Accordingly, it is a principal object of the invention to provide a stackable fastener system such that multiple cables may be secured individually in an organized “co-linear” manner.

It is another object of the invention to provide a fastener system that allows cables to be secured one atop the other.

It is a further object of the invention to provide a fastener system comprised of identical components which may be snapped together during installation.

It is yet another object of the invention to provide a fastener system as above which is capable of securing cable within a range of sizes.

Still another object of the invention is to provide a fastener system having a magazine for feeding the fasteners with an application tool for manual and mechanical installations.

It is yet another object of the invention to provide an aligning element for the individual staples to be stacked properly without any damage to the cable.

Still another object of the invention to provide an element that applies equal and adequate pressure to the various cables that are being held by the staple.

It is yet another object of the invention to provide a fastener that can be disengaged for removing, relocating and upgrading future wire, cable conduits, tubes, pipes, etc.

Still another object of the invention is to provide a fastener that securely and safely holds one wire, etc. at a time in an isolated and insulated manner.

It is yet another object of the invention to provide a system that insures that cables, etc. are fastened in a manner such as to prevent any possible damage due to excessive force when attached to wooden members.

It is an object of the invention to provide improved elements and arrangements thereof in an apparatus for the purposes described which is inexpensive, dependable and fully effective in accomplishing its intended purposes.

These and other objects of the present invention will become readily apparent upon further review of the following specification and drawings.

BRIEF DESCRIPTION OF THE DRAWINGS

FIG. 1A is an environmental, perspective view of a fastener element for securing cable to wood frame according to the present invention.

FIG. 1B is a view as in FIG. 1A of another embodiment of the present invention.

FIG. 2 is an elevational rear face view of the fastener element of FIG. 1B.

FIG. 3 is a perspective view of a stack of fastener elements as in FIG. 1B securing multiple cables.

FIG. 4 is a perspective view of a group of fastener elements as in FIG. 1 for use in the application of the fastener elements to a wood frame.

FIG. 5 is a perspective view of a group of fastener elements as in FIG. 3, useful within a magazine of an application tool.

Similar reference characters denote corresponding features consistently throughout the attached drawings.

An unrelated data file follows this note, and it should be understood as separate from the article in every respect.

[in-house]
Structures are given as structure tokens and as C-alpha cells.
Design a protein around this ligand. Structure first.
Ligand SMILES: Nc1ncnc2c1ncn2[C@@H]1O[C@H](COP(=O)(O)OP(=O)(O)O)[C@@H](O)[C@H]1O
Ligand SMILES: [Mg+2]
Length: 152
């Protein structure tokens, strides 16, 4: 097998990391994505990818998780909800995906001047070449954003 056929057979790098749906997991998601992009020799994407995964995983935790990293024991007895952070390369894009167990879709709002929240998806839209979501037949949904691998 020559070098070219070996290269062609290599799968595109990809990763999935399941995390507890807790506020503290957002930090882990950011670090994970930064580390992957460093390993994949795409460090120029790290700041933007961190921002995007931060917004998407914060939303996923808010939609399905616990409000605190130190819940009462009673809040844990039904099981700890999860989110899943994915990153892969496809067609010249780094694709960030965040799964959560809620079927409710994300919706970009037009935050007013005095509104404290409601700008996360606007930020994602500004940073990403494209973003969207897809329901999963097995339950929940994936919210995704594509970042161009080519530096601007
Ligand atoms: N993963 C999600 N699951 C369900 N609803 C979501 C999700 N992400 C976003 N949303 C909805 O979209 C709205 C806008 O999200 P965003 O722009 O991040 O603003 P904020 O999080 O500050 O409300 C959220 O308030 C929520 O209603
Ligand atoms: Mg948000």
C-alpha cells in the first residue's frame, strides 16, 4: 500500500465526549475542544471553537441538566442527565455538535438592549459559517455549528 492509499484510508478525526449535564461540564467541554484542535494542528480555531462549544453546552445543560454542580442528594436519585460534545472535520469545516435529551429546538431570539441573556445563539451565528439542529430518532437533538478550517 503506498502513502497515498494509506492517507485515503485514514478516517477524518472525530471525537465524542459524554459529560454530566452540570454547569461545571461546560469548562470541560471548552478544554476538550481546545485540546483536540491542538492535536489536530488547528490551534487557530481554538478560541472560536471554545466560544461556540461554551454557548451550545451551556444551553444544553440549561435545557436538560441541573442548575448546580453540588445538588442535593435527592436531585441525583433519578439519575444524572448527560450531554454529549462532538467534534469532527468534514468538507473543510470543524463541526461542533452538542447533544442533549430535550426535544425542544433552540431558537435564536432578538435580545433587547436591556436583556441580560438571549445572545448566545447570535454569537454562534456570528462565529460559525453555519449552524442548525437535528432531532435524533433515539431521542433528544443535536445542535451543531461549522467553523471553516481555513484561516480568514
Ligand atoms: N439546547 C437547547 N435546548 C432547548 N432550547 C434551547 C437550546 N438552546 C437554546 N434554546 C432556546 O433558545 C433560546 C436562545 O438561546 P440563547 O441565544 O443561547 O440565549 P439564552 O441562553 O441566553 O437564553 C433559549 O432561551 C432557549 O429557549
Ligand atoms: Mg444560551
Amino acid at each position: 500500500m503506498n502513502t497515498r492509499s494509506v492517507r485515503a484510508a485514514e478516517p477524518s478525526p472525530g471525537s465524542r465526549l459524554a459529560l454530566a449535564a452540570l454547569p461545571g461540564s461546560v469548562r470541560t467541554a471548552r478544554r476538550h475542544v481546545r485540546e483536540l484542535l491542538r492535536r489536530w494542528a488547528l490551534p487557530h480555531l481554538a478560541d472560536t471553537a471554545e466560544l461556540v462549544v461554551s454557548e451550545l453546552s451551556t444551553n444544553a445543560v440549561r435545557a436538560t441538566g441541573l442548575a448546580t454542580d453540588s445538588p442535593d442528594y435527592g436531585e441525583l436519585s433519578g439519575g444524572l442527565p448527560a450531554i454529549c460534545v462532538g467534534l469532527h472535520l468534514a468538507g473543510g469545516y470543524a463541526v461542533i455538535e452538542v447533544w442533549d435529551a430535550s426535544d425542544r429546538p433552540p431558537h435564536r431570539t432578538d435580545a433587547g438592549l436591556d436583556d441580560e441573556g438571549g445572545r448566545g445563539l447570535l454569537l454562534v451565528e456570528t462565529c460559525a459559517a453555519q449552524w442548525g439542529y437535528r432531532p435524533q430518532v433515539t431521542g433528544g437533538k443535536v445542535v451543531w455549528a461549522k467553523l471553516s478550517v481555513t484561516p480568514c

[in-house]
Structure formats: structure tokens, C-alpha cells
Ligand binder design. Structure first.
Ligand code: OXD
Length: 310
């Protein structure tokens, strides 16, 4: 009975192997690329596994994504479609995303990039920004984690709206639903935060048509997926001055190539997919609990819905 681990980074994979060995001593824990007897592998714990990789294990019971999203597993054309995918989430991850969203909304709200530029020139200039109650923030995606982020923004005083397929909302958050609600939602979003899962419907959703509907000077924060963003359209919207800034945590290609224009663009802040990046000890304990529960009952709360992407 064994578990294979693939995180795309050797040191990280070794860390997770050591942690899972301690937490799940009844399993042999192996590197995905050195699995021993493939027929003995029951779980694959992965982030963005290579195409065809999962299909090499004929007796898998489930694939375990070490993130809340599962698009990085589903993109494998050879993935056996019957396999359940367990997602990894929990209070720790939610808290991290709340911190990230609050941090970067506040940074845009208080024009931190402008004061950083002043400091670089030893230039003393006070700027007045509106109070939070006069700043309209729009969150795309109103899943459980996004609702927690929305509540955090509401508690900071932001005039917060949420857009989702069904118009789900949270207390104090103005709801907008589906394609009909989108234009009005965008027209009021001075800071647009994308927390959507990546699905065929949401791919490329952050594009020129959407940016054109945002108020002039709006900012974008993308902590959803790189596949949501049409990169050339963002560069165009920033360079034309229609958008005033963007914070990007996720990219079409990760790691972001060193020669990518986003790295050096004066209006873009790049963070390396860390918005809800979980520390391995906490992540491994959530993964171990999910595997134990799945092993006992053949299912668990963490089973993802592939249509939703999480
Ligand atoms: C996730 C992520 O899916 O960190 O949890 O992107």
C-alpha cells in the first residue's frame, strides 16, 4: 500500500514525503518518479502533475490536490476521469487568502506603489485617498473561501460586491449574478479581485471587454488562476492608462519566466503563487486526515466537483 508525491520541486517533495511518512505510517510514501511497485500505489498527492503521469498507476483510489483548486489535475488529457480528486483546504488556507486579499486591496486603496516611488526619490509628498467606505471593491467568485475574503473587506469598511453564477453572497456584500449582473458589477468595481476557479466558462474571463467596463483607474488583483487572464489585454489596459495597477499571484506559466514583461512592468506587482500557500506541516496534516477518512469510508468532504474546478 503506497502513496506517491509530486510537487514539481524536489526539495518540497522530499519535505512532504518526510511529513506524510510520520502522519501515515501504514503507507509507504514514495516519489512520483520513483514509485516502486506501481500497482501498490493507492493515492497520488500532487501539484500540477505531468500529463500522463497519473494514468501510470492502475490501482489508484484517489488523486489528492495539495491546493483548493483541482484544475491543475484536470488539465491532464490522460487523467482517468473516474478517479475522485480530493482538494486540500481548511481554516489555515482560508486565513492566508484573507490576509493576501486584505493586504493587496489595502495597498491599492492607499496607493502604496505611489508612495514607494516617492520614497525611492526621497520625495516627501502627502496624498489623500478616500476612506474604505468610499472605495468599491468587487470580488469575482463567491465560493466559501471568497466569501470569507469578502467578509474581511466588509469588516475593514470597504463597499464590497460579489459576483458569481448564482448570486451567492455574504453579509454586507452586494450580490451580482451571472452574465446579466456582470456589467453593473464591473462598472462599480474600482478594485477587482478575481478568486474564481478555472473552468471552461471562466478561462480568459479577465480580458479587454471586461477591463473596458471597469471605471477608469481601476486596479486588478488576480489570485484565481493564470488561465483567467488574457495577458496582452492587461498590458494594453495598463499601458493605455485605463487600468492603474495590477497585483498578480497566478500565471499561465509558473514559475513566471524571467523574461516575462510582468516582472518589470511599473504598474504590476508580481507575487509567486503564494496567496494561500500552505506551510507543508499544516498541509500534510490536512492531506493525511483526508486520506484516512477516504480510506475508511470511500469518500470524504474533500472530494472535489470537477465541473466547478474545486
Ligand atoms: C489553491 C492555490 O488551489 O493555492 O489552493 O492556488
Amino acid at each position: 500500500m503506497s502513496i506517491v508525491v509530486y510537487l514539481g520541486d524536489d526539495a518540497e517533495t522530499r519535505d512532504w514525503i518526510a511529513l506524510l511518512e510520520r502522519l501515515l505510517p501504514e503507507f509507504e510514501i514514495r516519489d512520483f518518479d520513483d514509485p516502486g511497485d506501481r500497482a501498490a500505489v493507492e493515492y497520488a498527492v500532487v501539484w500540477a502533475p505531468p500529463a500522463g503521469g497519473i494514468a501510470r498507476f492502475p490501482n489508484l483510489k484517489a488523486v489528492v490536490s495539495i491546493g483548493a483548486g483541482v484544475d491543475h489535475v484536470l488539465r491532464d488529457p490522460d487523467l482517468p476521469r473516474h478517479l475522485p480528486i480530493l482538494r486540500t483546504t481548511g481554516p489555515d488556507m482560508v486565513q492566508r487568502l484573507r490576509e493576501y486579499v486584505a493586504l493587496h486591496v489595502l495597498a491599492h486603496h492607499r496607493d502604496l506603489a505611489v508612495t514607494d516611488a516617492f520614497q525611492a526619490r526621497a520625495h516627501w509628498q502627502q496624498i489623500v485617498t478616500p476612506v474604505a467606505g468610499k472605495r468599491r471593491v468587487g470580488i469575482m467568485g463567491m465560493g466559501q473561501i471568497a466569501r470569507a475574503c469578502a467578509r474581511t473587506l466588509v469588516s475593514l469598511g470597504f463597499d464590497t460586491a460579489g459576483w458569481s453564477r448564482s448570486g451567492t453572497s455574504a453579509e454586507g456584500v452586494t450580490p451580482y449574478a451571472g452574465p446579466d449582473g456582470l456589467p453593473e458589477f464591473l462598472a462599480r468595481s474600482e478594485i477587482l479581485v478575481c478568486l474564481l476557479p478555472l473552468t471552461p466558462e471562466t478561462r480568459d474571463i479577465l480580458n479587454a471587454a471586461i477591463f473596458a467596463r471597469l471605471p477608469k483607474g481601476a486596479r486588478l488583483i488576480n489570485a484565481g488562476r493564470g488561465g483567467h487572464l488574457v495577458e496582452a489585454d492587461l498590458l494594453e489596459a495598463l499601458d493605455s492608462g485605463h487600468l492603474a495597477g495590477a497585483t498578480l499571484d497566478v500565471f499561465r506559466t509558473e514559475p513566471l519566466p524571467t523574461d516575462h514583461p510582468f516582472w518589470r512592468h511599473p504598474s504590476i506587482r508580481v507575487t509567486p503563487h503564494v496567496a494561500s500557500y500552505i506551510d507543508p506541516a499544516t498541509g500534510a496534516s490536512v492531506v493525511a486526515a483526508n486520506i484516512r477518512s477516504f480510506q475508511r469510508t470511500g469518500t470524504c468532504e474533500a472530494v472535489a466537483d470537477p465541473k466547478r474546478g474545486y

DETAILED DESCRIPTION OF THE PREFERRED EMBODIMENTS

The present invention is a fastener system for securing wire cable, conduits, tube, pipes, etc. of a generally circular or oval cross section to wood or metal frames. The fasteners in the fastener system are stackable such that multiple cable may be organized individually in a safe and secure fashion in a co-linear route on the wooden frame. The system comprises of identical plastic securing units in the form of a bridge that provides for cables to be secured together, one atop the other. The first or base bridge element may be nailed, glued, or stapled to the wood frame or screwed or glued to a metal frame, and the additional fasteners are designed to snap together in a stacked fashion. A magazine of the fasteners for installation by hand or special tool is provided by the present invention.

Referring to FIGS. 1A, 1B, and 2, there are shown an environmental perspective view and a back view in elevation, respectively, of the cable mounting system, generally denoted 10 which includes cable securing block 12 which is in the general shape of a topless and bottomless box, tapered slightly wider at the bottom than at the top, having first face wall 14, second face wall 16 opposite first face wall 14, first side wall 18 and second side wall 20 opposite first side wall 18. First face wall 14 has a first face wall outer surface 22 and a first face wall inner surface 24. Second face wall 16 has second face wall outer surface 26 and a corresponding second face wall inner surface 28. First side wall 18 has first side wall outer face 30 and first side wall inner face 32. Second sidewall 20 has second sidewall outer face 34 and second sidewall inner face 36.

First face wall 14 defines first portal 38, which is open at the bottom and having first portal arch 40 facing downward from an apex and first portal sides 42 extending downward from portal arch 40. First face wall 14 also defines first support arch 44 opening upward and forming its upper edge. Second face wall 16 defines second support arch 45 opening upward, and forming its upper edge.